Summary: This is a sermon that focuses primarily on Amos 8, looking at how a deficiency of the Word of God plays out in our lives individually and as a culture.

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Amos has always seemed to me like a man I could enjoy being around. He was plain spoken, and to the point. He was the kind of guy who appreciated hard work.

Amos was a shepherd. He didn’t shepherd those pretty, fluffy white sheep. Based on the word used, he worked with a really ugly, skinny type of sheep with very fine wool.

When he wasn’t shepherding, Amos also worked as a gatherer of fruit from sycamore fig trees. This particular type of fruit had to be pierced in order to fully ripen, and it took a lot of work. Because the region where he lived was fairly dry and desolate, he would have likely traveled back and forth to the coastal region, depending on the season. But the place he called home was Tekoa, and it was located about 12 miles south of Jerusalem. About the same distance that we are now from downtown Nashville.

Amos was a Southerner, and though he was chosen by God to go and preach, Amos would be quick to tell you, as he did in chapter 7, that he was not a prophet, or the son of a prophet. It wasn’t in his family background, or previous work experience.

But I appreciate Amos in that when God said, I need someone to go for me, Amos was willing to do the job.

Amos had a particularly tough job, because God didn’t ask him just to preach to other Southerners. God wanted to send him to preach against the Northerners. And before he got to them, God had a lot for him to say against many of the foreigners around them.

For the first couple of chapters, Amos follows a fairly set pattern in his preaching.

Chapter 1:3: “Thus says the LORD: For the three transgressions of Damascus and for four I will not revoke the punishment, because...” And the punishment will be that God intends to send a fiery judgment against Damascus.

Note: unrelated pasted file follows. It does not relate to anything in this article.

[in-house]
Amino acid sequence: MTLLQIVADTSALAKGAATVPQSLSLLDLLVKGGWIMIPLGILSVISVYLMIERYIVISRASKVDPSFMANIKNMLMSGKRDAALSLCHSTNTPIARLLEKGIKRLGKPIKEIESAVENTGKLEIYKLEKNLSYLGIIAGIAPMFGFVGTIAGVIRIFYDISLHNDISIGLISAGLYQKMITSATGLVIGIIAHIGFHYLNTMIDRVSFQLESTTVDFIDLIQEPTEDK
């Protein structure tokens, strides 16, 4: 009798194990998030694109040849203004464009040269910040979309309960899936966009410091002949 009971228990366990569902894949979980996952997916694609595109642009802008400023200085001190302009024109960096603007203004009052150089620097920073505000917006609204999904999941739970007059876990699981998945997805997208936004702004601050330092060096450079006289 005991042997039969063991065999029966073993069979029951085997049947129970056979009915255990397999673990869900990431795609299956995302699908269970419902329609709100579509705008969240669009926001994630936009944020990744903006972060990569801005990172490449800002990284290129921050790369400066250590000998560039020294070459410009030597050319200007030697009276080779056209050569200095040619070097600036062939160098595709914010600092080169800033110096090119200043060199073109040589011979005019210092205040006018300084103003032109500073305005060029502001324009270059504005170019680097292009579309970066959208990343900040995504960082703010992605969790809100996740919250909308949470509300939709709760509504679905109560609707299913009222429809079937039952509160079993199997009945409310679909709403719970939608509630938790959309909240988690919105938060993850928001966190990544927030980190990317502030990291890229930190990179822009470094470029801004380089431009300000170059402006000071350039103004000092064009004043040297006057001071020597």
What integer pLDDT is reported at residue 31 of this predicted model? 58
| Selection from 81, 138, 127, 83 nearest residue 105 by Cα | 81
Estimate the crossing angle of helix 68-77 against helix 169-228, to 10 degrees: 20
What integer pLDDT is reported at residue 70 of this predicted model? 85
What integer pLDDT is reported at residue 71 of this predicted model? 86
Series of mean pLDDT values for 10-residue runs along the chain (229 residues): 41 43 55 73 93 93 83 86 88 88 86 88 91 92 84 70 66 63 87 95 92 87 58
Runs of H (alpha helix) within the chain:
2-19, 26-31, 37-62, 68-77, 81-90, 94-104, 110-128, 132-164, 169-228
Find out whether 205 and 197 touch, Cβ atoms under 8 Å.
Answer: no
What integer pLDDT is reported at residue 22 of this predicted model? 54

As you read on, he says the same thing for Gaza. “For three transgressions and for four, I will not revoke the punishment. I will send a fire upon them...”

Next comes Tyre, and then comes Edom, then Ammon, then Moab.

Now you can imagine as a Jew listening to this, it would all sound just fine up until this point. “God drove out all those people to give us our promised land. If he wants to burn their possessions to the ground, that just means more land for us.”

But then God has Amos point the gun at his own people.

In 2:4, it isn’t the foreigners that God will contend with, but Judah; the Southern Kingdom. And next comes Israel; the Northern Kingdom.

Now as passive observers, we haven’t lived in any of these places, and hearing judgment against one place means as much to us as judgment against another.

But I believe a Jew who lived as Amos’ contemporary would have strong objections to this judgment that Amos has proclaimed.

Amos prophesied during the 8th century BC. If your main concern is the economy, then this represents a golden age of Israel. King Jeroboam II was the ruler in the North in Israel, and he had good relations with King Uzziah in the South in Judah. He reigned for about 40 years, mostly without incident. It was a divided Kingdom, but it wasn’t a hostile kingdom. The borders were secure. There was as much wealth as there ever was. There was an extremely active trading culture that meant that people were well plugged in to events happening local and abroad.

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